NBAA Convention Returns to the Desert

NBAA Convention Returns to the Desert

NBAA Convention Returns to the Desert

The National Business Aviation Association’s annual convention and exhibition returned to Las Vegas, Nevada in November, a site that’s always a popular diversion for business aircraft operators. Held later than usual, just a week before Thanksgiving, the show was preceded by cold temperatures and blustery 60-knot wind gusts that thankfully moderated as the week went on.

NBAA 2016 was a strong, healthy event for the bizav industry, despite sagging new aircraft sales activity. Support for the fleet requires MRO (maintenance, repair and overhaul) and service firms to maintain and refurbish legacy business airplanes to the latest standards, and these always account for a substantial number of exhibitors. Space in the cavernous Las Vegas Convention Center was taken up by 1,100 exhibits; some, like Gulfstream, Hondajet and Jetex, occupied huge volume with impressive structures, while others plied the crowd with showgirls, fast cars, personalities and sports stars. William Shatner, aka Captain James T. Kirk, arrived on the show’s opening day in a Bombardier Global, promoting Bombardier’s WAVE Wi-Fi system with Honeywell and Inmarsat technology.

IMG_1679Some 27,000 attendees took in the show’s seminars and presentations, which featured many local and national figures. During the opening General Session, U.S. Congresswoman Dina Titus, in whose district the convention was being held, welcomed visitors at the show’s opening, followed by Oklahoma Governor Mary Fallin, formerly a Congresswoman herself, who voiced strong support for her state’s business aviation and the national bizav system.

FAA Administrator Michael Huerta then remarked about the business aviation segment’s recovery after a difficult period earlier. He said he was one of those “airport kids with his face glued to the chainlink fence” (how regrettable that we have to have fences at airports) and reported on the positive results of cooperative safety efforts, saying “aviation has never been safer than it is today.” Looking to the future, he noted that GPS-based approaches now outnumber conventional IFR approaches, and that datacom ground-to-air communication is already implemented at certain TRACONs, with en route facilities to follow in 2019. Drones, he said, have the potential to be useful to industry, pointing out that the BNSF railroad has gained approval for rail line patrolling by UAS. An estimated 700,000 consumer drones were expected to be sold over the holiday season; Huerta expressed hope that registration will foster responsibility.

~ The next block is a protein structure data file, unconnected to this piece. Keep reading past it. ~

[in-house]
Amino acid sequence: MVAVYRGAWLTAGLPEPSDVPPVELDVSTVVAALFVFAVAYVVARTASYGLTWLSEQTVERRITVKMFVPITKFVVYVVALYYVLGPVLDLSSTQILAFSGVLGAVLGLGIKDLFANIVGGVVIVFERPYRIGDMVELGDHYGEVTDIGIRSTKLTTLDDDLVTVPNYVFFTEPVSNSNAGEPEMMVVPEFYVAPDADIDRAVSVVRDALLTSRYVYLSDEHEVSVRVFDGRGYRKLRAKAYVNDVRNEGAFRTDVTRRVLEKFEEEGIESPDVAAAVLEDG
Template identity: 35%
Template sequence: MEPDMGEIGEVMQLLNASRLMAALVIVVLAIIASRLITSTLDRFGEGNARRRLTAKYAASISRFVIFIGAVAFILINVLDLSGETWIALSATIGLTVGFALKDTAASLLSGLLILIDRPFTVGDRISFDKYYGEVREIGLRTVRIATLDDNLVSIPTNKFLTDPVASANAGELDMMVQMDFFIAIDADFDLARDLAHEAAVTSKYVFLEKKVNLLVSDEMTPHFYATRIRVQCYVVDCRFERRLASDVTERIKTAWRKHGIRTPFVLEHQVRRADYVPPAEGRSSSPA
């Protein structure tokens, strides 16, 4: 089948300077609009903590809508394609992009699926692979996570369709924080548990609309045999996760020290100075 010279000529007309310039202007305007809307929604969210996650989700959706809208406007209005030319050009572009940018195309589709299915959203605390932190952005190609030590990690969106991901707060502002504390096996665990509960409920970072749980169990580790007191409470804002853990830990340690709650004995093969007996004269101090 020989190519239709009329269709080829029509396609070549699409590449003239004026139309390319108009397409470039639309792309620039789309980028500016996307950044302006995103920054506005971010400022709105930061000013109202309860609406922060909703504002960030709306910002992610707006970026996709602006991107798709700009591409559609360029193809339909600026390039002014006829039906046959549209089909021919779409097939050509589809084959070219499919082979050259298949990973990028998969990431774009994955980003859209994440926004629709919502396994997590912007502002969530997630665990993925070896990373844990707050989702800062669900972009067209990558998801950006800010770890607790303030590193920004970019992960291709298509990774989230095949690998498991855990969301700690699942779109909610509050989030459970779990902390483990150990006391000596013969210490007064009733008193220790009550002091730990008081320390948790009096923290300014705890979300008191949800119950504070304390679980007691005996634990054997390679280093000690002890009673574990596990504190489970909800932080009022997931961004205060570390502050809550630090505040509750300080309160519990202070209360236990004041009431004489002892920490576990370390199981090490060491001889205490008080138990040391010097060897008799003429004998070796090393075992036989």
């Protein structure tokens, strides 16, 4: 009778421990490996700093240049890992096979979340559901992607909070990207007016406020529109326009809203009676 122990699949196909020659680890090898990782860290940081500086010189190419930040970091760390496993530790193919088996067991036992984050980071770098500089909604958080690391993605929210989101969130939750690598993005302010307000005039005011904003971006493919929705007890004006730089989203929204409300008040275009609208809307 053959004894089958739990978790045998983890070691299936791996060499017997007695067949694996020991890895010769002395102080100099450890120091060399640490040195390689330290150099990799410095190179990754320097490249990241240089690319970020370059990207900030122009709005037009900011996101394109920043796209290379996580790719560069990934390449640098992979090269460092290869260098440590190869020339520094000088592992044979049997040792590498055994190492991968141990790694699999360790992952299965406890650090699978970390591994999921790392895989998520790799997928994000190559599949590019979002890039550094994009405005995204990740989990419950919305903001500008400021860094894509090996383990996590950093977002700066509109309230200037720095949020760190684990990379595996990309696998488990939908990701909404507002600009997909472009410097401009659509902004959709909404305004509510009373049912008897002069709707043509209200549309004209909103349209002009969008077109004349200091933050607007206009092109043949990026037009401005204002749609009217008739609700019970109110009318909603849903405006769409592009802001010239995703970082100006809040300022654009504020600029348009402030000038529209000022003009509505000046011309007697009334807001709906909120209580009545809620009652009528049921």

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Country music star Dierks Bentley spoke at length about his discovery of business aircraft’s ability to make the most of his time at home, with his heavy touring schedule. Already a pilot, he got current again in 2010, initially using a Cirrus and a Baron G58 and recently moving up to a Citation M2. With a professional pilot, he can enjoy some weekend breaks with his three children in spite of being on the road 150 days per year. In his words, thanks to business aviation,“we’re now playing the best music we have in years.”

Prominently noted at this year’s NBAA, the association was calling for united opposition to ATC privatization and user fees, schemes that are once again being promulgated in Washington, after previous attempts by airline interests in 1997 and 2006. As pointed out by NBAA leadership, everywhere privatizing ATC services has been tried, general aviation suffers. Funding ATC through fuel taxes is both fair and efficient.